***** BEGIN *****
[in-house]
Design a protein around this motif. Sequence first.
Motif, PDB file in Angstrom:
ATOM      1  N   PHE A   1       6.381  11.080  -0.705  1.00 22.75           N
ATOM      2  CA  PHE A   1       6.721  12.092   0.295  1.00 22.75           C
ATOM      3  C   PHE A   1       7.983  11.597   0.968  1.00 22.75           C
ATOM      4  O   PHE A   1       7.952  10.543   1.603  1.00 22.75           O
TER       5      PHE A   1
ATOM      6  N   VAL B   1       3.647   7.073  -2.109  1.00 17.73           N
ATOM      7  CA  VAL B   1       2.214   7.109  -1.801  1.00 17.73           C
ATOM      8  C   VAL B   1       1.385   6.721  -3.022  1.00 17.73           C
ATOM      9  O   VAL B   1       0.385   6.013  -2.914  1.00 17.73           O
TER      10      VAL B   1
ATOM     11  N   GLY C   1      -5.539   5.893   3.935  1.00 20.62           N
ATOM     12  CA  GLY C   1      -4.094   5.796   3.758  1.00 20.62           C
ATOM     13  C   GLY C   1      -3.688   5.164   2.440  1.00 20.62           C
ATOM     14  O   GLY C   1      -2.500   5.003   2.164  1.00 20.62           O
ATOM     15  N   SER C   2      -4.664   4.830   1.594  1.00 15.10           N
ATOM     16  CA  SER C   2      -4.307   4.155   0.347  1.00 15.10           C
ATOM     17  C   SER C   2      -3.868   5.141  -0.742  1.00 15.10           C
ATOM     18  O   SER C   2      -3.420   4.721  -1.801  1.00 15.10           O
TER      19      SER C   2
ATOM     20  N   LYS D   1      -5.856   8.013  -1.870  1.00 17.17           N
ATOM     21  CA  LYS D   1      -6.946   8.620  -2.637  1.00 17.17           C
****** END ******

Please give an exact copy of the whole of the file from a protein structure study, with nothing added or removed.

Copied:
[in-house]
Design a protein around this motif. Sequence first.
Motif, PDB file in Angstrom:
ATOM      1  N   PHE A   1       6.381  11.080  -0.705  1.00 22.75           N
ATOM      2  CA  PHE A   1       6.721  12.092   0.295  1.00 22.75           C
ATOM      3  C   PHE A   1       7.983  11.597   0.968  1.00 22.75           C
ATOM      4  O   PHE A   1       7.952  10.543   1.603  1.00 22.75           O
TER       5      PHE A   1
ATOM      6  N   VAL B   1       3.647   7.073  -2.109  1.00 17.73           N
ATOM      7  CA  VAL B   1       2.214   7.109  -1.801  1.00 17.73           C
ATOM      8  C   VAL B   1       1.385   6.721  -3.022  1.00 17.73           C
ATOM      9  O   VAL B   1       0.385   6.013  -2.914  1.00 17.73           O
TER      10      VAL B   1
ATOM     11  N   GLY C   1      -5.539   5.893   3.935  1.00 20.62           N
ATOM     12  CA  GLY C   1      -4.094   5.796   3.758  1.00 20.62           C
ATOM     13  C   GLY C   1      -3.688   5.164   2.440  1.00 20.62           C
ATOM     14  O   GLY C   1      -2.500   5.003   2.164  1.00 20.62           O
ATOM     15  N   SER C   2      -4.664   4.830   1.594  1.00 15.10           N
ATOM     16  CA  SER C   2      -4.307   4.155   0.347  1.00 15.10           C
ATOM     17  C   SER C   2      -3.868   5.141  -0.742  1.00 15.10           C
ATOM     18  O   SER C   2      -3.420   4.721  -1.801  1.00 15.10           O
TER      19      SER C   2
ATOM     20  N   LYS D   1      -5.856   8.013  -1.870  1.00 17.17           N
ATOM     21  CA  LYS D   1      -6.946   8.620  -2.637  1.00 17.17           C